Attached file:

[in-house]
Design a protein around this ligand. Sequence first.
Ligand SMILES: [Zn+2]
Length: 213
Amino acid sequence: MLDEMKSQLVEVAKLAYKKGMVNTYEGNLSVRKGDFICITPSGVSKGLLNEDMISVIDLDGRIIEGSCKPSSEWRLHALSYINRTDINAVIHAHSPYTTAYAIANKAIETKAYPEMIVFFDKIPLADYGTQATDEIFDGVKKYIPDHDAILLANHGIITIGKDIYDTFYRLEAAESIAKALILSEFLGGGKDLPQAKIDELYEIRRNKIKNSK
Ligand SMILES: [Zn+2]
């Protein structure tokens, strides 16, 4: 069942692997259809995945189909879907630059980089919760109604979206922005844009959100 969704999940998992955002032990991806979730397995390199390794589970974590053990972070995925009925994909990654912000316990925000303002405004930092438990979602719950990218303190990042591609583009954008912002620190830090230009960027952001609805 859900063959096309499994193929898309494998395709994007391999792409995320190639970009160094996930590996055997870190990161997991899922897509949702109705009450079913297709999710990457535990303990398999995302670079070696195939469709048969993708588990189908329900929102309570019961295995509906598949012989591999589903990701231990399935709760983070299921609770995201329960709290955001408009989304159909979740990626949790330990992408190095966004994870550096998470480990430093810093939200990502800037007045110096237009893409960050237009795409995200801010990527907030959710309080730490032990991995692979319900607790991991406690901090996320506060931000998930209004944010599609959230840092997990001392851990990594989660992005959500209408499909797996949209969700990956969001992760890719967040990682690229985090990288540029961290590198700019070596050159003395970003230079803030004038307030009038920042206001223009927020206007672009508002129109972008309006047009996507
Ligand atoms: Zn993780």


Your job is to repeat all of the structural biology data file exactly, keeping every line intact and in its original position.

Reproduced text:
[in-house]
Design a protein around this ligand. Sequence first.
Ligand SMILES: [Zn+2]
Length: 213
Amino acid sequence: MLDEMKSQLVEVAKLAYKKGMVNTYEGNLSVRKGDFICITPSGVSKGLLNEDMISVIDLDGRIIEGSCKPSSEWRLHALSYINRTDINAVIHAHSPYTTAYAIANKAIETKAYPEMIVFFDKIPLADYGTQATDEIFDGVKKYIPDHDAILLANHGIITIGKDIYDTFYRLEAAESIAKALILSEFLGGGKDLPQAKIDELYEIRRNKIKNSK
Ligand SMILES: [Zn+2]
């Protein structure tokens, strides 16, 4: 069942692997259809995945189909879907630059980089919760109604979206922005844009959100 969704999940998992955002032990991806979730397995390199390794589970974590053990972070995925009925994909990654912000316990925000303002405004930092438990979602719950990218303190990042591609583009954008912002620190830090230009960027952001609805 859900063959096309499994193929898309494998395709994007391999792409995320190639970009160094996930590996055997870190990161997991899922897509949702109705009450079913297709999710990457535990303990398999995302670079070696195939469709048969993708588990189908329900929102309570019961295995509906598949012989591999589903990701231990399935709760983070299921609770995201329960709290955001408009989304159909979740990626949790330990992408190095966004994870550096998470480990430093810093939200990502800037007045110096237009893409960050237009795409995200801010990527907030959710309080730490032990991995692979319900607790991991406690901090996320506060931000998930209004944010599609959230840092997990001392851990990594989660992005959500209408499909797996949209969700990956969001992760890719967040990682690229985090990288540029961290590198700019070596050159003395970003230079803030004038307030009038920042206001223009927020206007672009508002129109972008309006047009996507
Ligand atoms: Zn993780």